Hairy Cell Leukemia Treatment (Professional) (cont.)
IN THIS ARTICLE
Treatment Option Overview
The initial therapies of choice are either cladribine (2-chlorodeoxyadenosine, 2-CdA) or pentostatin. These drugs have comparable response rates but have not been compared in phase III trials. Cladribine is administered as a one-time continuous infusion or series of subcutaneous injections and is associated with a high rate of febrile neutropenia.[2,3,4,5] Rarely, more than one course of treatment is required to induce a desirable response. Treatment should be discontinued once complete remission or stable partial remission with normalization of peripheral blood counts is reached. The presence of residual disease may be predictive of relapse but does not seem to affect survival.[4,6]
The role of consolidation or maintenance therapy in preventing relapse or progression of the disease following treatment with purine analogs has not been evaluated and remains unproven. Pentostatin is administered intermittently for a longer treatment duration but may result in a lower incidence of febrile complications.[7,8] While most patients remain disease free 10 years after treatment with these purine analogs, no patient has been followed long enough to assess cure.[9,10] Both nucleoside analogs cause profound suppression of CD4 counts, which may last for a year, and a potential increased risk of second malignancies has been reported.[4,11]
A study of 3,104 survivors of hairy cell leukemia from the SEER database showed an increased risk of second cancers (standardized incidence ratio = 1.24; 95% CI, 1.11–1.37), especially for Hodgkin and non-Hodgkin lymphomas. The increased risk for second cancers was seen even in the 2 decades prior to the introduction of purine nucleosides. With the use of cladribine, an increased risk of second malignancies is possible among patients with hairy cell leukemia (observed to expected ratio of about 1.8 in several series after 6 years).[4,11] Several series using pentostatin did not report an increased risk of second malignancies.[7,9,13] For a few patients, such as those with severe thrombocytopenia, splenectomy might be considered. After splenectomy, 50% of patients will require no additional therapy, and long-term survivors are common. Therapy with interferon-alpha is another treatment option, especially for patients with intercurrent infection.[8,15]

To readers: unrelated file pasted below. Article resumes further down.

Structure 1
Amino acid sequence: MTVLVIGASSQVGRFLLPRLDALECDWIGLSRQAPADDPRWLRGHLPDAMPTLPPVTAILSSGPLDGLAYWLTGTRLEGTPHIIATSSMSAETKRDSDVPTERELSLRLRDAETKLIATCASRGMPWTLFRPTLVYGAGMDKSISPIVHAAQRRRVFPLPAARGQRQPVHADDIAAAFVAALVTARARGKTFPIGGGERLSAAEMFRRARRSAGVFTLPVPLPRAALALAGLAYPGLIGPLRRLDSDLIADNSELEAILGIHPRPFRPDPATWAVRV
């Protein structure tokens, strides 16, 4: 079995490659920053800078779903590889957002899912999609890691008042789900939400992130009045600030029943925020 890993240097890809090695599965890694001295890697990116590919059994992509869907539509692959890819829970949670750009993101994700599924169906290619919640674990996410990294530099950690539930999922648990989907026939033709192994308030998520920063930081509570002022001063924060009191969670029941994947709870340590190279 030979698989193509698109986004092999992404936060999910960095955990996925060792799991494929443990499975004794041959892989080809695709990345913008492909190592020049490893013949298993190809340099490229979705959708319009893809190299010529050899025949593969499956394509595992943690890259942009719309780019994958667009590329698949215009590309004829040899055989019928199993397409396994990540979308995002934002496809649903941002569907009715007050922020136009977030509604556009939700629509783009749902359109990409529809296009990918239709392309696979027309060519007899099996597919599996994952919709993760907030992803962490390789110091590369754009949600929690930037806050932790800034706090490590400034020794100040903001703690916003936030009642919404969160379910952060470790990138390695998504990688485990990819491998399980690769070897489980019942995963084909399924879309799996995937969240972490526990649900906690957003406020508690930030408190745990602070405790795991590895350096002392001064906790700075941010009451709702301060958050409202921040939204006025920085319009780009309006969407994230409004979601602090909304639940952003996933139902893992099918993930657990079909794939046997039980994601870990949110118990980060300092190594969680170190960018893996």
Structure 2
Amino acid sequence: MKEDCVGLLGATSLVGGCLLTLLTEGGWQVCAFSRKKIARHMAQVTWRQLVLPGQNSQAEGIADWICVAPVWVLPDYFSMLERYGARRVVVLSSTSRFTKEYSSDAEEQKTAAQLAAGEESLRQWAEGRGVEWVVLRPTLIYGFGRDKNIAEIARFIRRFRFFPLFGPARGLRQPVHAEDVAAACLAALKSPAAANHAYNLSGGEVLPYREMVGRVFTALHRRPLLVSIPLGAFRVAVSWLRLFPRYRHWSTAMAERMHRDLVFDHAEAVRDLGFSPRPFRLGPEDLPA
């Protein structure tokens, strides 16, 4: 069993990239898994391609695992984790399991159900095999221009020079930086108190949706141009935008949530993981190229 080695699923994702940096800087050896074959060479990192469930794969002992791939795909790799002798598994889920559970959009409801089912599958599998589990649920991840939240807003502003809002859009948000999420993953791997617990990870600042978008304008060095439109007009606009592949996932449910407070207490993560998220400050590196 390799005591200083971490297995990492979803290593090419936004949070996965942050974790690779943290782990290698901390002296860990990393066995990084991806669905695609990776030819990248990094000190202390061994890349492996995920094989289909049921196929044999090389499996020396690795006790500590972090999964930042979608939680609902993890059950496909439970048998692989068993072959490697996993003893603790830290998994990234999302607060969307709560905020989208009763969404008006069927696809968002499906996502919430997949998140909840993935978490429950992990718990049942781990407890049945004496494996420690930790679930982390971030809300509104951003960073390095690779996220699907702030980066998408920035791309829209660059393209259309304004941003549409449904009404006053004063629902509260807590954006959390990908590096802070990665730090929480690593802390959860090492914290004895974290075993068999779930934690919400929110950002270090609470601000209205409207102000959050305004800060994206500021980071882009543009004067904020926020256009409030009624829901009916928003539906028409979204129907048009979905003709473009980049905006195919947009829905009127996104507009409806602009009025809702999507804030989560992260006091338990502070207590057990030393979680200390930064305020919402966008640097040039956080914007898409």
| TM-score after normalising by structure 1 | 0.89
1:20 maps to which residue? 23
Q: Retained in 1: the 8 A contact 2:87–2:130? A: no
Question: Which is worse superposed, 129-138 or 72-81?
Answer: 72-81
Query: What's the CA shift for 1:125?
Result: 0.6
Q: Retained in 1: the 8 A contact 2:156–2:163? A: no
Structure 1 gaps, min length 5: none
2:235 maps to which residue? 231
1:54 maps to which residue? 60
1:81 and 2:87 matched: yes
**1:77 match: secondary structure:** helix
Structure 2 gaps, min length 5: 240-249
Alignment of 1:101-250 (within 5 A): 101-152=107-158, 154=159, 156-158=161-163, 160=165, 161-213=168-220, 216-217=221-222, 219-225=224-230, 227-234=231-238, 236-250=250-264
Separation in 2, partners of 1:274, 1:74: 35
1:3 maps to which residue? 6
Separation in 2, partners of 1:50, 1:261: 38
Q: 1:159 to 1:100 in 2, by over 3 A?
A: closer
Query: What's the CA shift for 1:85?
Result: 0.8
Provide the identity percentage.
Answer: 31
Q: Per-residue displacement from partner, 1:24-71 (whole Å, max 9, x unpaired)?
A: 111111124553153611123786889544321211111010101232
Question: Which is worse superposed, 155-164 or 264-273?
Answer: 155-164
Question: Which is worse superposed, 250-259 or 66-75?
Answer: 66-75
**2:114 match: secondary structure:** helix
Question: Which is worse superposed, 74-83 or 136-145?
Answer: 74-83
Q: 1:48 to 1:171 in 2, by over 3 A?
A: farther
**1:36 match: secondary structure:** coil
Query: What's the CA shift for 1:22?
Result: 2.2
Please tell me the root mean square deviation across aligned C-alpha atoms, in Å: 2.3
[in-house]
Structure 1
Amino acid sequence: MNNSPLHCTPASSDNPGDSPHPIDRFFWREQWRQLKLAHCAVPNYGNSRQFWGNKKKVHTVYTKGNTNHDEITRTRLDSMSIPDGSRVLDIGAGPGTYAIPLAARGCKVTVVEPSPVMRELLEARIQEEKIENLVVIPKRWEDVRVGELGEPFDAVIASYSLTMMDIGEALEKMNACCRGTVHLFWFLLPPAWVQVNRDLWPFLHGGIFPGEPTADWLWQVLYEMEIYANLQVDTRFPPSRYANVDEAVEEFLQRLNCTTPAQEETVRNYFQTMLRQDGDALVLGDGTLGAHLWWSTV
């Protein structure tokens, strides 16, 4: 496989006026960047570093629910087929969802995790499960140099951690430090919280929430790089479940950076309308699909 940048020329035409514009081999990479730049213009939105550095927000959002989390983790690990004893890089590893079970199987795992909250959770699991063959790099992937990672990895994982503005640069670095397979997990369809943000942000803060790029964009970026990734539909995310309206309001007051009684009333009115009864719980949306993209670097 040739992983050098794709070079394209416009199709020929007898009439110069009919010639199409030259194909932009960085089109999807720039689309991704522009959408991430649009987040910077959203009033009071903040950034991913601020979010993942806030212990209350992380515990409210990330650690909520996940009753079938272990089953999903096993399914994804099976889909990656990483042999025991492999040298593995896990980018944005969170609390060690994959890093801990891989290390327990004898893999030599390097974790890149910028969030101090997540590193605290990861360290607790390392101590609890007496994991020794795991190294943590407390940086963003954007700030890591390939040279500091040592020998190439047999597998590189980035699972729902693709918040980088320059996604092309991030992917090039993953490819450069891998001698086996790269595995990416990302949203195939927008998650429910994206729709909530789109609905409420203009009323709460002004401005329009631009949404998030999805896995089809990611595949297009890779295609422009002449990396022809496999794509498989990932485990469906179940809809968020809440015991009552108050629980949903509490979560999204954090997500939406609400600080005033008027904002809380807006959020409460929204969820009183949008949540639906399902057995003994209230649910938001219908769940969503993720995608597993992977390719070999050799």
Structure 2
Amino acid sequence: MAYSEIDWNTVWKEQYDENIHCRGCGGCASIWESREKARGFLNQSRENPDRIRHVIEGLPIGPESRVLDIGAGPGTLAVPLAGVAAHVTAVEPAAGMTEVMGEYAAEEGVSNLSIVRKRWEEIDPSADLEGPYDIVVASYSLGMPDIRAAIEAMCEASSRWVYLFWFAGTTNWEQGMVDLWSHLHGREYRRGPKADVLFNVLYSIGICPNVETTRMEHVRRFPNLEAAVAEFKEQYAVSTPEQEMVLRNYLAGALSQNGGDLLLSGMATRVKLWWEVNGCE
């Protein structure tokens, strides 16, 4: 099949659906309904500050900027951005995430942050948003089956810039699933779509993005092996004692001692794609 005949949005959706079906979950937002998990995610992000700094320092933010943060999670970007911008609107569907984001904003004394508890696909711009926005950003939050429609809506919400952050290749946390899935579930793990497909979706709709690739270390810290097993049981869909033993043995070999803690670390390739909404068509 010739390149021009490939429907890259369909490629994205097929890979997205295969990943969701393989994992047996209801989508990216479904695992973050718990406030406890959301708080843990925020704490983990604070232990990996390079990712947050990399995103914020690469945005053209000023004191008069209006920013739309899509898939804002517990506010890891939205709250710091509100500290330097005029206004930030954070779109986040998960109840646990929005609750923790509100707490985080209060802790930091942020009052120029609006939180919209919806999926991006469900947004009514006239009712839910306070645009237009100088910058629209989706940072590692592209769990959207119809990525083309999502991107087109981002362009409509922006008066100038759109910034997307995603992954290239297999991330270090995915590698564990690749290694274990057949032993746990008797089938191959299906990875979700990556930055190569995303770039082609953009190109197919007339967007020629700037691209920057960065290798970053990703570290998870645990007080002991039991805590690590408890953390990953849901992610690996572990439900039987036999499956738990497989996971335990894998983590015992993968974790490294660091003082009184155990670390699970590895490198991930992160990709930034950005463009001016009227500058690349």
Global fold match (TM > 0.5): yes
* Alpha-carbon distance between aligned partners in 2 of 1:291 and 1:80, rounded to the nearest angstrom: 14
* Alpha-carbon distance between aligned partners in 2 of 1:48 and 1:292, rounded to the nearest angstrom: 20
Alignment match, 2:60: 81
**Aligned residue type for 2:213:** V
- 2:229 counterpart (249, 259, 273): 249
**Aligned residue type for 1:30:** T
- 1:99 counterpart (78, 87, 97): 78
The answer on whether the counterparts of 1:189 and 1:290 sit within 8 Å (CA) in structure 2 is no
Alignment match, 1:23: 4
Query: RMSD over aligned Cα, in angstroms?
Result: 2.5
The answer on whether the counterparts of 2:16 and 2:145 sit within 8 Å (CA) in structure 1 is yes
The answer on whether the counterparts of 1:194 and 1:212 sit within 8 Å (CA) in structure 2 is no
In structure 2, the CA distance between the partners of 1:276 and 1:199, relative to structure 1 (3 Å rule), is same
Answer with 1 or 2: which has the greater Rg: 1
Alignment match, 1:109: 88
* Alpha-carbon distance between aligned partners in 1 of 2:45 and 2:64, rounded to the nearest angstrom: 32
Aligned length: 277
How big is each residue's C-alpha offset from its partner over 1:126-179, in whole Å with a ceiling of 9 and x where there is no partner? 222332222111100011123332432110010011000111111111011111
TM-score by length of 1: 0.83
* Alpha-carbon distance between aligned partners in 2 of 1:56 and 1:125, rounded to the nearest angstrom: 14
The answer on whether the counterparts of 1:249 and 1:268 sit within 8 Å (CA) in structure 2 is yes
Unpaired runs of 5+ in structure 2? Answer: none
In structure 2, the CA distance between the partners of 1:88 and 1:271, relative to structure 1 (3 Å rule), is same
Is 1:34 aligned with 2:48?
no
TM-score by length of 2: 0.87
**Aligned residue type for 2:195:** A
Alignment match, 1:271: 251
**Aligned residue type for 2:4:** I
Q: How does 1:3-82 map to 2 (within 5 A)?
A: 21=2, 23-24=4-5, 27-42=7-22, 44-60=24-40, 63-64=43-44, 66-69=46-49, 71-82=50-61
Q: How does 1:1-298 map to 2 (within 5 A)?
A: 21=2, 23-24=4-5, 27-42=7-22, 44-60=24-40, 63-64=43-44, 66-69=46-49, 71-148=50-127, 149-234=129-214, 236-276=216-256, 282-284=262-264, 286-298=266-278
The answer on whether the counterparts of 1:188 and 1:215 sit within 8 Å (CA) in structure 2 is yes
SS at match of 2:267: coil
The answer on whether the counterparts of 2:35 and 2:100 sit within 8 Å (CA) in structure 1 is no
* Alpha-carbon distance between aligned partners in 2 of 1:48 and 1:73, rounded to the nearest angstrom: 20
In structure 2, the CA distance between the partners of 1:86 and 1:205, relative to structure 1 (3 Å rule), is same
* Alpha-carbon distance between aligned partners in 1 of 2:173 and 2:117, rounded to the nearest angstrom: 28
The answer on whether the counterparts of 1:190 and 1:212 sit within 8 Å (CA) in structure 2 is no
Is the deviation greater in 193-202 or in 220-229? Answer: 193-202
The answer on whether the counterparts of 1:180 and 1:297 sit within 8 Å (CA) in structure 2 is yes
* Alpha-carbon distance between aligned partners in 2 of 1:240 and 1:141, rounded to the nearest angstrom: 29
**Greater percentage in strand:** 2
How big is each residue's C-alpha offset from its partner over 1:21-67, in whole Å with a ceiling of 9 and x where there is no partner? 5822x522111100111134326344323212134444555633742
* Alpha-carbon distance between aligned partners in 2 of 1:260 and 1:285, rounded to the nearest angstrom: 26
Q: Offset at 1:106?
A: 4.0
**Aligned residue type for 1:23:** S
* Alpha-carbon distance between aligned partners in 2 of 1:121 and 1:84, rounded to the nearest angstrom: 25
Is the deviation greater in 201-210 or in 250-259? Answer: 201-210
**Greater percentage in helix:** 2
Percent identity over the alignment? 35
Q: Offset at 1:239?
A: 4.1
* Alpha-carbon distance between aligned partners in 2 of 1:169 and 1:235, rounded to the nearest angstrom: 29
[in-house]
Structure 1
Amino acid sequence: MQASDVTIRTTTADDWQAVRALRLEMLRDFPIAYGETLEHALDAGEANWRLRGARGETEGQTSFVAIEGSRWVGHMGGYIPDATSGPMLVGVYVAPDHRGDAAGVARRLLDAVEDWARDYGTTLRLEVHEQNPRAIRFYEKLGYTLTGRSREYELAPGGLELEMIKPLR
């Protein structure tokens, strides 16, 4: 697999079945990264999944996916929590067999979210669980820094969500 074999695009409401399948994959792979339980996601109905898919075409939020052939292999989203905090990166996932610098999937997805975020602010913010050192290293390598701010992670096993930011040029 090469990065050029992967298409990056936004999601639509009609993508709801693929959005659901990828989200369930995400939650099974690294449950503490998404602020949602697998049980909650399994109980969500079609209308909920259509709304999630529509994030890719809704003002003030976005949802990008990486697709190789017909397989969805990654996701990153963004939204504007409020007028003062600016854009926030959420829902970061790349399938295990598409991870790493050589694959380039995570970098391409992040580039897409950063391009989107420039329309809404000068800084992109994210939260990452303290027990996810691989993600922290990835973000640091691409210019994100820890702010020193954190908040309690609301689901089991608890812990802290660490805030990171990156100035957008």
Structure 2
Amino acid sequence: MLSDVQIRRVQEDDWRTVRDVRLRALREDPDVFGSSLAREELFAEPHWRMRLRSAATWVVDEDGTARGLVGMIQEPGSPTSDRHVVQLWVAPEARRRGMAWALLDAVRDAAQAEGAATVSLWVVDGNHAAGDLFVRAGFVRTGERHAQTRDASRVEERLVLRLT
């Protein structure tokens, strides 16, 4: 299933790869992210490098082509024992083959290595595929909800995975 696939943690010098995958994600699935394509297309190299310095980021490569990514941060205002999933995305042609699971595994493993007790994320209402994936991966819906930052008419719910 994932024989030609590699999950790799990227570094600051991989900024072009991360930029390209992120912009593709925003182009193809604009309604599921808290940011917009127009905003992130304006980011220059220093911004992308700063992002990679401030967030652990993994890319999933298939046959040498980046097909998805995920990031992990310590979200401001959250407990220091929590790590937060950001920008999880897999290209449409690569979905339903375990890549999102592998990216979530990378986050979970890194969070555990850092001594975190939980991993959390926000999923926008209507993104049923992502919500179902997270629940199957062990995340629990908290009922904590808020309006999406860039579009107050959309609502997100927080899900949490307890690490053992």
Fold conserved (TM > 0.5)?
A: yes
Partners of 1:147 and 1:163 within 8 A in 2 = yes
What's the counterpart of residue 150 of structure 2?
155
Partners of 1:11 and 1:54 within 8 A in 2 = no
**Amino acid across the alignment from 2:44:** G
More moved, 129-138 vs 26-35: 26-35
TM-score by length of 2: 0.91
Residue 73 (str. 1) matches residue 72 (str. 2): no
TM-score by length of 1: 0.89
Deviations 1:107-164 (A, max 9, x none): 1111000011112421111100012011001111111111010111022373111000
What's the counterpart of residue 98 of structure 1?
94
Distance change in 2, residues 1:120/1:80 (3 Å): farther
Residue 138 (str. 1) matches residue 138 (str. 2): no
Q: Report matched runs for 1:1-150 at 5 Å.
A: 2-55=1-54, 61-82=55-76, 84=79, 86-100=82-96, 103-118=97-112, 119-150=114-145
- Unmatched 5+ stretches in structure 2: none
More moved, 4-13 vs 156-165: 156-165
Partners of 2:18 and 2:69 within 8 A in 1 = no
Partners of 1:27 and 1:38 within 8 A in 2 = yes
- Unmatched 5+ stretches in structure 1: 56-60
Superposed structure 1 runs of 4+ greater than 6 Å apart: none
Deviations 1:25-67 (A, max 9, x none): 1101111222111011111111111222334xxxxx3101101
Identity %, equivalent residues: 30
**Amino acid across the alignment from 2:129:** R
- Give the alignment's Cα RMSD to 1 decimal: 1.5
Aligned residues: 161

Hairy cell leukemia variant has a distinctive phenotype and typically presents with leukocytosis instead of leukopenia. These patients have poorer responses to initial cladribine, shorter durations of response, and typically do not respond again to purine analogues after relapse. Combinations of rituximab and purine analogues are under evaluation and further studies are required to define optimal therapies.[17,18]
eMedicineHealth Public Information from the National Cancer Institute
This information is produced and provided by the National Cancer Institute (NCI). The information in this topic may have changed since it was written. For the most current information, contact the National Cancer Institute via the Internet web site at http://cancer.gov or call 1-800-4-CANCER
This information is not intended to replace the advice of a doctor. Healthwise disclaims any liability for the decisions you make based on this information.
Some material in CancerNet™ is from copyrighted publications of the respective copyright claimants. Users of CancerNet™ are referred to the publication data appearing in the bibliographic citations, as well as to the copyright notices appearing in the original publication, all of which are hereby incorporated by reference.
Find out what women really need.